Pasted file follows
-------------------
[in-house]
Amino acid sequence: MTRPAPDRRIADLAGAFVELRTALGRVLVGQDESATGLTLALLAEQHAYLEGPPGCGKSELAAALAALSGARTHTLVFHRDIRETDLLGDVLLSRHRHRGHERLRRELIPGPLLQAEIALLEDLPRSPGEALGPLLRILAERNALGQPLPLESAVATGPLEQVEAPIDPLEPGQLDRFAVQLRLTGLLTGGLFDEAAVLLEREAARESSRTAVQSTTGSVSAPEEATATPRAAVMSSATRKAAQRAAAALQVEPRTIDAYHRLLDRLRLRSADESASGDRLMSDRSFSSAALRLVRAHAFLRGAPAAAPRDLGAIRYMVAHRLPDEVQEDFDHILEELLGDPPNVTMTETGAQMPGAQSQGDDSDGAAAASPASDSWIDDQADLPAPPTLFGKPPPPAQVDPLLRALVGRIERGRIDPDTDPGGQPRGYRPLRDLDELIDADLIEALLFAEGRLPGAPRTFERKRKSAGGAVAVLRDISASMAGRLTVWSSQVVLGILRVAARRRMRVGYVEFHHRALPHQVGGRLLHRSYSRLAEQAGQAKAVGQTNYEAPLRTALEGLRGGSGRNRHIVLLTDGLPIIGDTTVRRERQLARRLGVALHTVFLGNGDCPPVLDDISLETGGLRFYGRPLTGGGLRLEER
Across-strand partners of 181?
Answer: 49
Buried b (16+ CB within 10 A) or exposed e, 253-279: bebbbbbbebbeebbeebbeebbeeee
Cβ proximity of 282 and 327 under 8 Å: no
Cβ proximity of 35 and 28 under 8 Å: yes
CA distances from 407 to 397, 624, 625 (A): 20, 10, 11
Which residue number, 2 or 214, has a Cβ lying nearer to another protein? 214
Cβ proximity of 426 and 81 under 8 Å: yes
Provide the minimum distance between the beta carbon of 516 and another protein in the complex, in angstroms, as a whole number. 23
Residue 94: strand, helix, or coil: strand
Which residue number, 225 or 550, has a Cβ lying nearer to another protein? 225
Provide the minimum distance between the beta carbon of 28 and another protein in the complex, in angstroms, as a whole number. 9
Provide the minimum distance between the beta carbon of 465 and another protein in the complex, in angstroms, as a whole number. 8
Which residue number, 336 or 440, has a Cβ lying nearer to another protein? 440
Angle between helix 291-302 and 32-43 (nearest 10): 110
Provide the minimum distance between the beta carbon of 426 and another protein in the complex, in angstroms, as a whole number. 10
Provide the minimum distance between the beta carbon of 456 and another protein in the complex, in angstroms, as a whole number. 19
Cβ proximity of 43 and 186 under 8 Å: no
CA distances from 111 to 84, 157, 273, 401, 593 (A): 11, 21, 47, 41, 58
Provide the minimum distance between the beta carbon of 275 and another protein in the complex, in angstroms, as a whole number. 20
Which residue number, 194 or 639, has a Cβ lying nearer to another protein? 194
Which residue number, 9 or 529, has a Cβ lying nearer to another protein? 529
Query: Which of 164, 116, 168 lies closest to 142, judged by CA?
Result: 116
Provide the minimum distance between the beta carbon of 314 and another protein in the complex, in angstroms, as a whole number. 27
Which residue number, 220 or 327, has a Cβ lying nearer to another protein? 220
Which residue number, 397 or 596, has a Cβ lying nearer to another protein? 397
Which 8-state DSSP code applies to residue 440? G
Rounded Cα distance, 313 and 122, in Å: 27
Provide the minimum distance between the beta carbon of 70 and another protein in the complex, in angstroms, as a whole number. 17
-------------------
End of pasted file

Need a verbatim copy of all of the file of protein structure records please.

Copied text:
[in-house]
Amino acid sequence: MTRPAPDRRIADLAGAFVELRTALGRVLVGQDESATGLTLALLAEQHAYLEGPPGCGKSELAAALAALSGARTHTLVFHRDIRETDLLGDVLLSRHRHRGHERLRRELIPGPLLQAEIALLEDLPRSPGEALGPLLRILAERNALGQPLPLESAVATGPLEQVEAPIDPLEPGQLDRFAVQLRLTGLLTGGLFDEAAVLLEREAARESSRTAVQSTTGSVSAPEEATATPRAAVMSSATRKAAQRAAAALQVEPRTIDAYHRLLDRLRLRSADESASGDRLMSDRSFSSAALRLVRAHAFLRGAPAAAPRDLGAIRYMVAHRLPDEVQEDFDHILEELLGDPPNVTMTETGAQMPGAQSQGDDSDGAAAASPASDSWIDDQADLPAPPTLFGKPPPPAQVDPLLRALVGRIERGRIDPDTDPGGQPRGYRPLRDLDELIDADLIEALLFAEGRLPGAPRTFERKRKSAGGAVAVLRDISASMAGRLTVWSSQVVLGILRVAARRRMRVGYVEFHHRALPHQVGGRLLHRSYSRLAEQAGQAKAVGQTNYEAPLRTALEGLRGGSGRNRHIVLLTDGLPIIGDTTVRRERQLARRLGVALHTVFLGNGDCPPVLDDISLETGGLRFYGRPLTGGGLRLEER
Across-strand partners of 181?
Answer: 49
Buried b (16+ CB within 10 A) or exposed e, 253-279: bebbbbbbebbeebbeebbeebbeeee
Cβ proximity of 282 and 327 under 8 Å: no
Cβ proximity of 35 and 28 under 8 Å: yes
CA distances from 407 to 397, 624, 625 (A): 20, 10, 11
Which residue number, 2 or 214, has a Cβ lying nearer to another protein? 214
Cβ proximity of 426 and 81 under 8 Å: yes
Provide the minimum distance between the beta carbon of 516 and another protein in the complex, in angstroms, as a whole number. 23
Residue 94: strand, helix, or coil: strand
Which residue number, 225 or 550, has a Cβ lying nearer to another protein? 225
Provide the minimum distance between the beta carbon of 28 and another protein in the complex, in angstroms, as a whole number. 9
Provide the minimum distance between the beta carbon of 465 and another protein in the complex, in angstroms, as a whole number. 8
Which residue number, 336 or 440, has a Cβ lying nearer to another protein? 440
Angle between helix 291-302 and 32-43 (nearest 10): 110
Provide the minimum distance between the beta carbon of 426 and another protein in the complex, in angstroms, as a whole number. 10
Provide the minimum distance between the beta carbon of 456 and another protein in the complex, in angstroms, as a whole number. 19
Cβ proximity of 43 and 186 under 8 Å: no
CA distances from 111 to 84, 157, 273, 401, 593 (A): 11, 21, 47, 41, 58
Provide the minimum distance between the beta carbon of 275 and another protein in the complex, in angstroms, as a whole number. 20
Which residue number, 194 or 639, has a Cβ lying nearer to another protein? 194
Which residue number, 9 or 529, has a Cβ lying nearer to another protein? 529
Query: Which of 164, 116, 168 lies closest to 142, judged by CA?
Result: 116
Provide the minimum distance between the beta carbon of 314 and another protein in the complex, in angstroms, as a whole number. 27
Which residue number, 220 or 327, has a Cβ lying nearer to another protein? 220
Which residue number, 397 or 596, has a Cβ lying nearer to another protein? 397
Which 8-state DSSP code applies to residue 440? G
Rounded Cα distance, 313 and 122, in Å: 27
Provide the minimum distance between the beta carbon of 70 and another protein in the complex, in angstroms, as a whole number. 17